Scientists studying AIDS and sexually transmitted diseases report that their research grants face political scrutiny by the Department of Health and Human Services (HHS) or by members of Congress. The New York Times reports that scientists were advised to avoid certain phrases in their grant applications, such as “sex workers,” “men who sleep with men,” “anal sex,” and “needle exchange.”
Dr. Alfred Sommer, dean of the Bloomberg School of Public Health at Johns Hopkins University, told the Times that the fear of political scrutiny was creating a “pernicious sense of insecurity” among researchers. “If people feel intimidated and start clouding the language they use, then your mind starts to get cloudy and the science gets cloudy,” Dr. Sommer explained to the Times. One anonymous official called the level of scrutiny under the Bush administration “much worse and more intense” than under any other president, the Times reports.
“The actions of the Bush administration are causing unnecessary fear, disease, and death globally. From pressuring US scientists to ‘sanitize’ their language to pressuring the CDC to weaken their fact sheet on the effectiveness of condoms to pressuring the National Cancer Institute to deny science and falsely imply that abortion is linked to breast cancer, their theocratic impetus denies and obscures the deadly reality of their actions,” said Beth Jordan, MD, medical director of the Feminist Majority Foundation.
Next year, federal spending on safe-sex programs to prevent the spread of HIV will take a back seat to programs focusing on the infected population, according to the Los Angeles Times. This new shift will place a greater emphasis on HIV testing and individualized counseling for HIV-positive people and their partners. The shift in policy has drawn criticism from AIDS advocacy groups. “I think it is shortsighted in some ways,” said Daniel Montoya, director of government affairs for AIDS project Los Angeles, according to the LA Times. “Unless you are doing comprehensive prevention, in terms of looking at people who are at risk and not just look at those who are already infected, we may have another epidemic on our hands 10 years down the road.”
Media Resources: New York Times 4/18/03; LA Times 4/18/03; Feminist Majority Foundation
10/30/2014 Medication Abortion Access Threatened by Oklahoma Court Ruling - An Oklahoma state district court judge has refused to block a state law restricting medication abortion, clearing the way for the law to go into affect on November 1.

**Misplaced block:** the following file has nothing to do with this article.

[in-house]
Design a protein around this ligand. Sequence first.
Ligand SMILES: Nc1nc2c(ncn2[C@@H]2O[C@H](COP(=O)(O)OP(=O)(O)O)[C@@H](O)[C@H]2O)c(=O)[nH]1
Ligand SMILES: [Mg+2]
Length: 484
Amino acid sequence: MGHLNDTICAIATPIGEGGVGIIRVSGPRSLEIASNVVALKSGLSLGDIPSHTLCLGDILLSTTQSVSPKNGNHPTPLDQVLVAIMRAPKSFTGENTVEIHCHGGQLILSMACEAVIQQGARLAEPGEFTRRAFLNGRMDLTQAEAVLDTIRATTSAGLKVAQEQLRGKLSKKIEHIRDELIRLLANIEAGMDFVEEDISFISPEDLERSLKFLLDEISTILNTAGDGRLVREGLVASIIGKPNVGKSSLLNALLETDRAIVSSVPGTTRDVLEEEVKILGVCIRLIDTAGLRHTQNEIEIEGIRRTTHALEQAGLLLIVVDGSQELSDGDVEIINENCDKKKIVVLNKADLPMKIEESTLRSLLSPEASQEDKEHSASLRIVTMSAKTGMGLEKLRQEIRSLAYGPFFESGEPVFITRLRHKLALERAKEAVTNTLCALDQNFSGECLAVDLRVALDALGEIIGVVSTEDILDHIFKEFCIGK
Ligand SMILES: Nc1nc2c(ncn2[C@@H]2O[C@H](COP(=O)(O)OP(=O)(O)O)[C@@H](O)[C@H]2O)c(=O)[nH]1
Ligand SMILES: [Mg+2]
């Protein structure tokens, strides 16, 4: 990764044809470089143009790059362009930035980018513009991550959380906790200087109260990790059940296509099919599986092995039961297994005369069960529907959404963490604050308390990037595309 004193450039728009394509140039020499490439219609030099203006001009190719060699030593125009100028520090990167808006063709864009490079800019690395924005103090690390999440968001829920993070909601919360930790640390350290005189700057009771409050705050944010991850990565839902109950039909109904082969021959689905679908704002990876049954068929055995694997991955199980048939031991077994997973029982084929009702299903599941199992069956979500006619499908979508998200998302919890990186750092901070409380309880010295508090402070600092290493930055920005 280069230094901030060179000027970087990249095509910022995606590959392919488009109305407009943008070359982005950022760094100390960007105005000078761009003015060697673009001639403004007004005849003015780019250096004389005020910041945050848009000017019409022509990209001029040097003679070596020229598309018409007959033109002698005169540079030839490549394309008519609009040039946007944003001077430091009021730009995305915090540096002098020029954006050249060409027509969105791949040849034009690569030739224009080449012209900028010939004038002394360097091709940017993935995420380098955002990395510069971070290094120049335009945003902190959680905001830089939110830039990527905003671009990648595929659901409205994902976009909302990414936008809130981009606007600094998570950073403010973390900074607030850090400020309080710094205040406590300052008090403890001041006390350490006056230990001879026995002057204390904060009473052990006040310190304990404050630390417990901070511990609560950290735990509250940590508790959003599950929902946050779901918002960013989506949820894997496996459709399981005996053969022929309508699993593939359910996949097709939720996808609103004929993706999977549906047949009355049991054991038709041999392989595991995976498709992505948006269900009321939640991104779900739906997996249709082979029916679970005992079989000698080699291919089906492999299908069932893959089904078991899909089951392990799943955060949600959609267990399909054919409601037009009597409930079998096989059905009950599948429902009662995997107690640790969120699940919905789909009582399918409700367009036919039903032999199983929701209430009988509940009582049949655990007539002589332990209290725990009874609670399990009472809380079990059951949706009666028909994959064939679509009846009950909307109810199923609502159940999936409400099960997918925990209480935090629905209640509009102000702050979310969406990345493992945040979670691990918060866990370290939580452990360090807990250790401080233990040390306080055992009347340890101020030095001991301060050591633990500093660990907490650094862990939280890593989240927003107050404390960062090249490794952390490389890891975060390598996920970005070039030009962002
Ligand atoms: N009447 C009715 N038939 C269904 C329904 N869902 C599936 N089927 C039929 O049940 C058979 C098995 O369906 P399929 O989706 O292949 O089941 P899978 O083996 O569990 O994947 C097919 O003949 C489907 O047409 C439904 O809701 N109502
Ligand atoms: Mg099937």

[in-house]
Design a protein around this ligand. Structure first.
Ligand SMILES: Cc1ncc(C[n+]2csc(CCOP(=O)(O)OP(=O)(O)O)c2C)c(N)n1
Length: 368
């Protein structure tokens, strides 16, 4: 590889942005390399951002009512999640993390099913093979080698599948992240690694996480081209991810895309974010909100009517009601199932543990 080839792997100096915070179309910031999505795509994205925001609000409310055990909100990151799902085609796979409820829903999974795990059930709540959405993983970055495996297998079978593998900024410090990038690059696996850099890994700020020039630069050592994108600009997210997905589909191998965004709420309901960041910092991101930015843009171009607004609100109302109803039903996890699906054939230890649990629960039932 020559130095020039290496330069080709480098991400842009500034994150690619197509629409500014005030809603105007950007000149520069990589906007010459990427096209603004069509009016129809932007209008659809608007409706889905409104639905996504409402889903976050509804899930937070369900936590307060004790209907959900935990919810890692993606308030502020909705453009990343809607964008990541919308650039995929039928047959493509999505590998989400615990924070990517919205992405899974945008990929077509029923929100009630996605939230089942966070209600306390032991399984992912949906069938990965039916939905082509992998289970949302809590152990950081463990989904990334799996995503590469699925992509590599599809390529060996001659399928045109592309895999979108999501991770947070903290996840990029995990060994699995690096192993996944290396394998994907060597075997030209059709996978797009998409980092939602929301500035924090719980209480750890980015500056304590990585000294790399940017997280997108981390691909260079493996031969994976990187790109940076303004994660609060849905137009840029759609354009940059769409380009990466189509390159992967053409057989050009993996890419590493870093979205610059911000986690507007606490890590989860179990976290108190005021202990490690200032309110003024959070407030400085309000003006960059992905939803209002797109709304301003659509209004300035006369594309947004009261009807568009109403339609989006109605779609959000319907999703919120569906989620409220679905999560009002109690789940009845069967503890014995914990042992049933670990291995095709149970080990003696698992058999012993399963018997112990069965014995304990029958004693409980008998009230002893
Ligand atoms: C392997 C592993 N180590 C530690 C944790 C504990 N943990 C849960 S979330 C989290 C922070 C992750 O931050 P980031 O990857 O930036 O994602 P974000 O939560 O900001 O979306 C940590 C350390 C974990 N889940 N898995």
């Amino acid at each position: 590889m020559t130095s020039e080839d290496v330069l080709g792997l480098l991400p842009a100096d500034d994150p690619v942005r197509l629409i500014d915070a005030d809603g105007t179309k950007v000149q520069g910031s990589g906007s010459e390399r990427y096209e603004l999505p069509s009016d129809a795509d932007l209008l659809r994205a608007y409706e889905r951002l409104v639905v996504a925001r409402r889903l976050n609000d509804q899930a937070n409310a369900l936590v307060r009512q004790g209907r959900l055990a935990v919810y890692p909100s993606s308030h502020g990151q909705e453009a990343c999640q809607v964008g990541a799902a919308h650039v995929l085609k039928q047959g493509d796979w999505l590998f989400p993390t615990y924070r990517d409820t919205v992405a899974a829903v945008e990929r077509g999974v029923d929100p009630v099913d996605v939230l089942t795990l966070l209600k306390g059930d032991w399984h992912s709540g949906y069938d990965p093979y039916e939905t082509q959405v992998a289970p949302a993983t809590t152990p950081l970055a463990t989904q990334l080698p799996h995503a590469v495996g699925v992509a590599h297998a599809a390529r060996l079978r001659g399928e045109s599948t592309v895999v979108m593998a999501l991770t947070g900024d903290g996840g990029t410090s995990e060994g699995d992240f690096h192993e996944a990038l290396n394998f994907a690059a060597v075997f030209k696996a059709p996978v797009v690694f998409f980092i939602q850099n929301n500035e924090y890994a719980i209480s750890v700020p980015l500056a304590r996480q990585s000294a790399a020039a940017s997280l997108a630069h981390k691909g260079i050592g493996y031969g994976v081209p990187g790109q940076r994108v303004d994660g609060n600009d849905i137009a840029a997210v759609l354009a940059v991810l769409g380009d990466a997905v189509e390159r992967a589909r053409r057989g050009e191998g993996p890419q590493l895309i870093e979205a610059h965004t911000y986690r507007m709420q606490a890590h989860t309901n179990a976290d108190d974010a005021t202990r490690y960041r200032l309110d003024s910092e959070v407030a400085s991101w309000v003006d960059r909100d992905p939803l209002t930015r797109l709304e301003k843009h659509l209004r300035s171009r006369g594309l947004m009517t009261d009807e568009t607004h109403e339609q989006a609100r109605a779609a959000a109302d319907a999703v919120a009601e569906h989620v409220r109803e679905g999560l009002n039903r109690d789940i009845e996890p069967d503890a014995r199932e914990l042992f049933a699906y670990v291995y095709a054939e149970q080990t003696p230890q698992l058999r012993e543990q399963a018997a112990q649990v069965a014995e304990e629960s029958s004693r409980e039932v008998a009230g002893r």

The Oklahoma Coalition for Reproductive Justice, together with a local abortion clinic in Tulsa, challenged HB 2684 in September, arguing that the law was an unconstitutional restriction on non-surgical abortion in the earliest weeks of pregnancy. . . .
10/30/2014 UPS Switches Pregnant Worker Policy Ahead of Supreme Court Case - The United Parcel Service (UPS) is changing its policy on light duty assignments for pregnant workers, even though the company will stand by its refusal to extend accommodations to a former employee in an upcoming Supreme Court case.
UPS announced on Monday in a memo to employees, and in a brief filed with the US Supreme Court, that the company will begin offering temporary, light-duty positions to pregnant workers on January 1, 2015. . . .
10/30/2014 North Dakota Medical Students Speak Out Against Measure 1 - Medical students at the University of North Dakota School of Medicine and Health Sciences are asking North Dakotans to vote no on Measure 1, a personhood measure on the state ballot this fall.
The students issued published a letter in the Grand Forks Herald stating that they opposed Measure 1 in part because they are against "the government's taking control of the personal health care decisions of its citizens." Nearly 60 UND School of Medicine students signed the letter, citing concerns over the "very broad and ambiguous language" used in the proposed amendment, which has no regard for serious and life-threatening medical situations such as ectopic pregnancies.
Measure 1 would change the North Dakota state constitution to create an "inalienable right to life" for humans "at any stage of development" - including the moment of fertilization and conception. . . .